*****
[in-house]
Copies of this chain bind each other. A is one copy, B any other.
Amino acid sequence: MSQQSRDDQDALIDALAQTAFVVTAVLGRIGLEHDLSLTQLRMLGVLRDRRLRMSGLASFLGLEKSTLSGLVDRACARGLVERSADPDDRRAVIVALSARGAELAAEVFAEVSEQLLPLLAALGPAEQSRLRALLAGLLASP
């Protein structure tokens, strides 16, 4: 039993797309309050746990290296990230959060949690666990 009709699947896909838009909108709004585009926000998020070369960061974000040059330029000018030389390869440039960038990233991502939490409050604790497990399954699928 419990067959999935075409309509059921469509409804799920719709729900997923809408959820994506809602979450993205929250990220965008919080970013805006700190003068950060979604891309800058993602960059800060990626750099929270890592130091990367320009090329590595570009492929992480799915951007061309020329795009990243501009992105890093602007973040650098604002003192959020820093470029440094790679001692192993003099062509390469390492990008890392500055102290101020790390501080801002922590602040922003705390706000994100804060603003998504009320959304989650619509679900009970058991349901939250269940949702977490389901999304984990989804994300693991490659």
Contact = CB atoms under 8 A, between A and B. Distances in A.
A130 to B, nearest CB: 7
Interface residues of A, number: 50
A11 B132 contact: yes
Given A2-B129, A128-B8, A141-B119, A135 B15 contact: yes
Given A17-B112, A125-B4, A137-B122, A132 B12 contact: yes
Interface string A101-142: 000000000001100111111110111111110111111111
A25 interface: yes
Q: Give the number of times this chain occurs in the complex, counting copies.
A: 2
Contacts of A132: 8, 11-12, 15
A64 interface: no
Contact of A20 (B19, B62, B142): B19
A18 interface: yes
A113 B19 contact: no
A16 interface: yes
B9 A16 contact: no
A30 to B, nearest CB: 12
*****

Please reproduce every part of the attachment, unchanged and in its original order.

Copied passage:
[in-house]
Copies of this chain bind each other. A is one copy, B any other.
Amino acid sequence: MSQQSRDDQDALIDALAQTAFVVTAVLGRIGLEHDLSLTQLRMLGVLRDRRLRMSGLASFLGLEKSTLSGLVDRACARGLVERSADPDDRRAVIVALSARGAELAAEVFAEVSEQLLPLLAALGPAEQSRLRALLAGLLASP
């Protein structure tokens, strides 16, 4: 039993797309309050746990290296990230959060949690666990 009709699947896909838009909108709004585009926000998020070369960061974000040059330029000018030389390869440039960038990233991502939490409050604790497990399954699928 419990067959999935075409309509059921469509409804799920719709729900997923809408959820994506809602979450993205929250990220965008919080970013805006700190003068950060979604891309800058993602960059800060990626750099929270890592130091990367320009090329590595570009492929992480799915951007061309020329795009990243501009992105890093602007973040650098604002003192959020820093470029440094790679001692192993003099062509390469390492990008890392500055102290101020790390501080801002922590602040922003705390706000994100804060603003998504009320959304989650619509679900009970058991349901939250269940949702977490389901999304984990989804994300693991490659």
Contact = CB atoms under 8 A, between A and B. Distances in A.
A130 to B, nearest CB: 7
Interface residues of A, number: 50
A11 B132 contact: yes
Given A2-B129, A128-B8, A141-B119, A135 B15 contact: yes
Given A17-B112, A125-B4, A137-B122, A132 B12 contact: yes
Interface string A101-142: 000000000001100111111110111111110111111111
A25 interface: yes
Q: Give the number of times this chain occurs in the complex, counting copies.
A: 2
Contacts of A132: 8, 11-12, 15
A64 interface: no
Contact of A20 (B19, B62, B142): B19
A18 interface: yes
A113 B19 contact: no
A16 interface: yes
B9 A16 contact: no
A30 to B, nearest CB: 12